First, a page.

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Want to tone up your arms? Get rid of wobbly bingo wings with a one-arm shoulder press.
Feet: You should always do any overhead pressing work barefoot or with footwear that is level from the toe to heel, like a Chuck Taylor. Pressing overhead with runners creates dramatic, unnecessary stress on the lower back due to the pelvis tilting forward.
Legs and glutes: These should be locked and tight. Somewhere along the line people recommended that you should press with a slight knee bend, which I’m guessing they thought is easier on the joints. It’s not; your joints can take a lot of weight when they are locked and tight. If you bend you will only leak tension, which will result in a weaker lift.
Abs: They should be tight. As Pavel (the Russian kettlebell guru) states: “Breathe behind the shield”. This means you need to be able to keep your abs tight while still being able to breathe.
Start with the dumbbell or kettlebell close to you, with your elbow tucked into you side and your palm facing your opposite shoulder. This is more known as an Arnold press (see picture).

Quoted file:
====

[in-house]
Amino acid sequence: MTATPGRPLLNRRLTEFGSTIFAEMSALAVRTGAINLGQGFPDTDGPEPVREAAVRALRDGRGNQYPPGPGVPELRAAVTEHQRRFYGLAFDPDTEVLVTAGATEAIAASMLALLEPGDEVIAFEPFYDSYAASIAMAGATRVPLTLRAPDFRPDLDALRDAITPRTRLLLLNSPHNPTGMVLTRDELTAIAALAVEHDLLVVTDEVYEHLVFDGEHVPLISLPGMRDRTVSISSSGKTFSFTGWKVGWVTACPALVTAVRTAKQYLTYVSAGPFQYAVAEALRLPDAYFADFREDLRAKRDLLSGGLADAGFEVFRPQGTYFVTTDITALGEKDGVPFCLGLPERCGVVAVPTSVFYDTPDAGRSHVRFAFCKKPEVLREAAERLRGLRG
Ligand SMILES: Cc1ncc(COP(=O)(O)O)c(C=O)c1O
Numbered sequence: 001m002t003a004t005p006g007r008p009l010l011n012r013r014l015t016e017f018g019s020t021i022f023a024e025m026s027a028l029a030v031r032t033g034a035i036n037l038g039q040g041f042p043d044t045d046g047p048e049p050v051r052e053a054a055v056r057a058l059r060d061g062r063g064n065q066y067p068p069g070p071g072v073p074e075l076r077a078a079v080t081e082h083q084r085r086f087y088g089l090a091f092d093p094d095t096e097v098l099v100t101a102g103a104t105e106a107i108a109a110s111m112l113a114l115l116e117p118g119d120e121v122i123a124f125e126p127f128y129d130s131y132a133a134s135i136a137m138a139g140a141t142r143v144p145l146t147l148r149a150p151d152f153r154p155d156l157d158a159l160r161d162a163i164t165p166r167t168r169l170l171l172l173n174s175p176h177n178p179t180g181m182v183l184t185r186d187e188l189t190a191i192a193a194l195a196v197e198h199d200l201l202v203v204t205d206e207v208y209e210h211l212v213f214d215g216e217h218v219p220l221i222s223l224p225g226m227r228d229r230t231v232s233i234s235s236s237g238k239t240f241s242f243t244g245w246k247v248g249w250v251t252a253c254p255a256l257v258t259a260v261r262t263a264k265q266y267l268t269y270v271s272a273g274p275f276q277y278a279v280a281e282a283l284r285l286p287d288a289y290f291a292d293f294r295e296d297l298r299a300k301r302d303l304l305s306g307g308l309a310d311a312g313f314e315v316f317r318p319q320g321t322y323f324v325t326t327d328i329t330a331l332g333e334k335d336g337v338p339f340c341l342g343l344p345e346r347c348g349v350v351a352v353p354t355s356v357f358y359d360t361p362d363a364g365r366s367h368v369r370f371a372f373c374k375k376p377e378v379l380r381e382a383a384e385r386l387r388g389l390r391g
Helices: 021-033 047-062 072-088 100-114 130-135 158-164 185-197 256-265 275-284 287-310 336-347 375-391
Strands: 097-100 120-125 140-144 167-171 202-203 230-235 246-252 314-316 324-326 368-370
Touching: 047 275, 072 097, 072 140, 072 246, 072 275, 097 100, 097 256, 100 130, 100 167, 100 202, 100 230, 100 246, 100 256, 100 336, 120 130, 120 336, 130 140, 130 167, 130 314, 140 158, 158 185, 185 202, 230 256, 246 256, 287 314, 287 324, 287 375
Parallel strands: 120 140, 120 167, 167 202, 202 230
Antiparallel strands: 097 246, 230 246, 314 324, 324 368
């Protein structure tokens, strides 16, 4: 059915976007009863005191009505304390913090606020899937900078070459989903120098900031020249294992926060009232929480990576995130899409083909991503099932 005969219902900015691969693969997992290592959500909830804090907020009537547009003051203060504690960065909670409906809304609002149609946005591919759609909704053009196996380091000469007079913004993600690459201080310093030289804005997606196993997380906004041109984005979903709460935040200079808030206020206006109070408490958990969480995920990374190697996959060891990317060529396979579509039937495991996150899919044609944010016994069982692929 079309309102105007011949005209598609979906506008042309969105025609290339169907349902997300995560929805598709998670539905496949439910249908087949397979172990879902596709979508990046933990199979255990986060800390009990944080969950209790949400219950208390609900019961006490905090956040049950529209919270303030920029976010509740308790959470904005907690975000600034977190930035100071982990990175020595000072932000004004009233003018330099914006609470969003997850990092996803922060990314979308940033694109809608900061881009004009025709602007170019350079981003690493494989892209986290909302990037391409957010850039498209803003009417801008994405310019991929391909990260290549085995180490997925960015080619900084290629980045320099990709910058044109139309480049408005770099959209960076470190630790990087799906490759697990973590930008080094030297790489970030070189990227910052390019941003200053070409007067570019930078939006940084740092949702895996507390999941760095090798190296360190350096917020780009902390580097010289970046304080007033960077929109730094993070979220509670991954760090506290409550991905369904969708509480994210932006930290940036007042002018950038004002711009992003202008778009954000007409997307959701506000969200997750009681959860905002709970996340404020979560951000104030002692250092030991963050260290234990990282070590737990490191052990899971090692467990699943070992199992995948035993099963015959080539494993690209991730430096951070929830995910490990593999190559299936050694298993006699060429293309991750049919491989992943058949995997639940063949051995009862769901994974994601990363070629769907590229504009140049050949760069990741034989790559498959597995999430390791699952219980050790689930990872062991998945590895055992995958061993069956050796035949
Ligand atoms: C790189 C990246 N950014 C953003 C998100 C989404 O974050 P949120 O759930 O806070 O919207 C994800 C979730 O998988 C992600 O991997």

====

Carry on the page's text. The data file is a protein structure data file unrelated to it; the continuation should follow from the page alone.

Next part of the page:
I’ve never liked the feel of the traditional press with your arm stating out to the side of your body. I always feel vulnerable and weaker in this position.
1. Before you start to press, take a breath into your stomach, tense up, then begin to press the weight straight above your head. Lock your arm out at the top with your bicep next to your ear and your palm facing away from you. Forcefully hiss out your air through pursed lips.
2. To come down, pretend you’re doing a one-arm chin-up by actively pulling your elbow back down to your side. As you do this, aggressively inhale back into your stomach through your nose. Repeat.
One of two common mistakes I see people making when it comes to the one-arm shoulder press, or any overhead work, is that they press the weight out to the front rather than straight above their head. This will only lead to an overworked anterior deltoid – the front of your shoulder – which will cause a muscle imbalance that will lead to injury.
Once you fix mistake number one, it usually creates mistake number two. And that is, when pressing straight above the head, many people compensate by leaning back, which again will lead to injury. This usually occurs due to the person having extremely tight pecs, anterior deltoids, abs, hip flexors and lats from sitting in a chair all day and living a sedentary lifestyle – to avoid injury, you should avoid overhead work until you can demonstrate the ability to raise your arm above your head without compensating.
- Grant Lofthouse is a Melbourne-based PT and the founder of Cardio Haters Gym and cardiohaters.com, a site for fitness enthusiasts with an aversion to cardio.